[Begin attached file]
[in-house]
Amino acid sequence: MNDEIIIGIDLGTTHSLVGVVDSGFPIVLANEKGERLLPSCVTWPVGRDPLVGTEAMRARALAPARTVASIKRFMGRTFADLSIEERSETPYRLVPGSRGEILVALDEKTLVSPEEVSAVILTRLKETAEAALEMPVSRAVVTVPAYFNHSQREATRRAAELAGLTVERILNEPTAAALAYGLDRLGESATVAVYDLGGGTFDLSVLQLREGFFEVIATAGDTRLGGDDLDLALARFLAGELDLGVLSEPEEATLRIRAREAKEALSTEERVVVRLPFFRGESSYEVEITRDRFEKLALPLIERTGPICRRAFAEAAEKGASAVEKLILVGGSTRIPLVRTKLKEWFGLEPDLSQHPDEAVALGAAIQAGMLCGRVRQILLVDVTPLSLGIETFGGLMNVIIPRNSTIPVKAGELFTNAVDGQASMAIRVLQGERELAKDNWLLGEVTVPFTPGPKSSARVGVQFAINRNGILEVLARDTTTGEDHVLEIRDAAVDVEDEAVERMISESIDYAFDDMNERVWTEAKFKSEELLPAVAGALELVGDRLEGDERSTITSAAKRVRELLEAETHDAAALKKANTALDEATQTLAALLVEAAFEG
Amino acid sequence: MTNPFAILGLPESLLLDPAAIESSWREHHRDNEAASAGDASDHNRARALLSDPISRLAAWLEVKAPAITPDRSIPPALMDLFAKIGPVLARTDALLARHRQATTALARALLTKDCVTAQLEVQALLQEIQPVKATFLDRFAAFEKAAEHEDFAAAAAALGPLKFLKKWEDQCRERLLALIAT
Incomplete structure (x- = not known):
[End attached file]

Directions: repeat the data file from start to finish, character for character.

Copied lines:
[in-house]
Amino acid sequence: MNDEIIIGIDLGTTHSLVGVVDSGFPIVLANEKGERLLPSCVTWPVGRDPLVGTEAMRARALAPARTVASIKRFMGRTFADLSIEERSETPYRLVPGSRGEILVALDEKTLVSPEEVSAVILTRLKETAEAALEMPVSRAVVTVPAYFNHSQREATRRAAELAGLTVERILNEPTAAALAYGLDRLGESATVAVYDLGGGTFDLSVLQLREGFFEVIATAGDTRLGGDDLDLALARFLAGELDLGVLSEPEEATLRIRAREAKEALSTEERVVVRLPFFRGESSYEVEITRDRFEKLALPLIERTGPICRRAFAEAAEKGASAVEKLILVGGSTRIPLVRTKLKEWFGLEPDLSQHPDEAVALGAAIQAGMLCGRVRQILLVDVTPLSLGIETFGGLMNVIIPRNSTIPVKAGELFTNAVDGQASMAIRVLQGERELAKDNWLLGEVTVPFTPGPKSSARVGVQFAINRNGILEVLARDTTTGEDHVLEIRDAAVDVEDEAVERMISESIDYAFDDMNERVWTEAKFKSEELLPAVAGALELVGDRLEGDERSTITSAAKRVRELLEAETHDAAALKKANTALDEATQTLAALLVEAAFEG
Amino acid sequence: MTNPFAILGLPESLLLDPAAIESSWREHHRDNEAASAGDASDHNRARALLSDPISRLAAWLEVKAPAITPDRSIPPALMDLFAKIGPVLARTDALLARHRQATTALARALLTKDCVTAQLEVQALLQEIQPVKATFLDRFAAFEKAAEHEDFAAAAAALGPLKFLKKWEDQCRERLLALIAT
Incomplete structure (x- = not known):